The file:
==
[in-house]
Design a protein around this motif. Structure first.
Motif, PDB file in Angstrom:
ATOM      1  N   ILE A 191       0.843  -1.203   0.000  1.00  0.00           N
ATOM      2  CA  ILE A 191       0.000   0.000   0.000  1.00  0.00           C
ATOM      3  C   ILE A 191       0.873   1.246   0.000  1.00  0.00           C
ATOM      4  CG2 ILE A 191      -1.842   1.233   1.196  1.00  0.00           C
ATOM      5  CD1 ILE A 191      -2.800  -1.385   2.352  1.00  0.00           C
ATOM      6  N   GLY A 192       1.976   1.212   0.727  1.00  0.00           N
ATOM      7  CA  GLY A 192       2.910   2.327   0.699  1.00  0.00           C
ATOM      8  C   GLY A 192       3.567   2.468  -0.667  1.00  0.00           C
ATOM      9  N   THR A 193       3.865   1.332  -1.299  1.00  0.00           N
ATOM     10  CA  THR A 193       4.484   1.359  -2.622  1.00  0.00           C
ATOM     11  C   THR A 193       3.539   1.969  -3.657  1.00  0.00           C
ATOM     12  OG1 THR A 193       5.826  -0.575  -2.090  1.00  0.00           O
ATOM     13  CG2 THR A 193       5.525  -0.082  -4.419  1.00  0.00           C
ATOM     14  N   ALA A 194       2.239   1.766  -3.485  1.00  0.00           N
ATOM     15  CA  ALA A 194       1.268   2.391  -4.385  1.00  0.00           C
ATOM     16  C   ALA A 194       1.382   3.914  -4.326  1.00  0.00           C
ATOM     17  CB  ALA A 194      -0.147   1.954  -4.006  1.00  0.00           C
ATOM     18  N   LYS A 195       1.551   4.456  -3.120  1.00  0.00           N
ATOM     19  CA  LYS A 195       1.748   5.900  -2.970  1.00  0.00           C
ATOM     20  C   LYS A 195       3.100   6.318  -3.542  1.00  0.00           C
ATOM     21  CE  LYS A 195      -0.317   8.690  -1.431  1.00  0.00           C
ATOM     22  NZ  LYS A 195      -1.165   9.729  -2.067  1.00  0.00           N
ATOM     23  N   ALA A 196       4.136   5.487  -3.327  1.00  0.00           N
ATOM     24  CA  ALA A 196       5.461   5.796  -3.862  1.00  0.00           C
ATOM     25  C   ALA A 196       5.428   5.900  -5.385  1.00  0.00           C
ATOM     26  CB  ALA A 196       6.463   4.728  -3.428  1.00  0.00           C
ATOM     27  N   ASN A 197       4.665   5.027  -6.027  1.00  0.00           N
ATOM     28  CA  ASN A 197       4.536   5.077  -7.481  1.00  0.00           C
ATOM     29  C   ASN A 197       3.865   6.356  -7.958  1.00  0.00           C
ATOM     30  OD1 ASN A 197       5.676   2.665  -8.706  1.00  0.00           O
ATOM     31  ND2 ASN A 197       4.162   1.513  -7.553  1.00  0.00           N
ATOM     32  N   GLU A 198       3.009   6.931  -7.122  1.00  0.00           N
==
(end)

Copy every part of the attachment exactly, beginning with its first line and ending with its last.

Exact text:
[in-house]
Design a protein around this motif. Structure first.
Motif, PDB file in Angstrom:
ATOM      1  N   ILE A 191       0.843  -1.203   0.000  1.00  0.00           N
ATOM      2  CA  ILE A 191       0.000   0.000   0.000  1.00  0.00           C
ATOM      3  C   ILE A 191       0.873   1.246   0.000  1.00  0.00           C
ATOM      4  CG2 ILE A 191      -1.842   1.233   1.196  1.00  0.00           C
ATOM      5  CD1 ILE A 191      -2.800  -1.385   2.352  1.00  0.00           C
ATOM      6  N   GLY A 192       1.976   1.212   0.727  1.00  0.00           N
ATOM      7  CA  GLY A 192       2.910   2.327   0.699  1.00  0.00           C
ATOM      8  C   GLY A 192       3.567   2.468  -0.667  1.00  0.00           C
ATOM      9  N   THR A 193       3.865   1.332  -1.299  1.00  0.00           N
ATOM     10  CA  THR A 193       4.484   1.359  -2.622  1.00  0.00           C
ATOM     11  C   THR A 193       3.539   1.969  -3.657  1.00  0.00           C
ATOM     12  OG1 THR A 193       5.826  -0.575  -2.090  1.00  0.00           O
ATOM     13  CG2 THR A 193       5.525  -0.082  -4.419  1.00  0.00           C
ATOM     14  N   ALA A 194       2.239   1.766  -3.485  1.00  0.00           N
ATOM     15  CA  ALA A 194       1.268   2.391  -4.385  1.00  0.00           C
ATOM     16  C   ALA A 194       1.382   3.914  -4.326  1.00  0.00           C
ATOM     17  CB  ALA A 194      -0.147   1.954  -4.006  1.00  0.00           C
ATOM     18  N   LYS A 195       1.551   4.456  -3.120  1.00  0.00           N
ATOM     19  CA  LYS A 195       1.748   5.900  -2.970  1.00  0.00           C
ATOM     20  C   LYS A 195       3.100   6.318  -3.542  1.00  0.00           C
ATOM     21  CE  LYS A 195      -0.317   8.690  -1.431  1.00  0.00           C
ATOM     22  NZ  LYS A 195      -1.165   9.729  -2.067  1.00  0.00           N
ATOM     23  N   ALA A 196       4.136   5.487  -3.327  1.00  0.00           N
ATOM     24  CA  ALA A 196       5.461   5.796  -3.862  1.00  0.00           C
ATOM     25  C   ALA A 196       5.428   5.900  -5.385  1.00  0.00           C
ATOM     26  CB  ALA A 196       6.463   4.728  -3.428  1.00  0.00           C
ATOM     27  N   ASN A 197       4.665   5.027  -6.027  1.00  0.00           N
ATOM     28  CA  ASN A 197       4.536   5.077  -7.481  1.00  0.00           C
ATOM     29  C   ASN A 197       3.865   6.356  -7.958  1.00  0.00           C
ATOM     30  OD1 ASN A 197       5.676   2.665  -8.706  1.00  0.00           O
ATOM     31  ND2 ASN A 197       4.162   1.513  -7.553  1.00  0.00           N
ATOM     32  N   GLU A 198       3.009   6.931  -7.122  1.00  0.00           N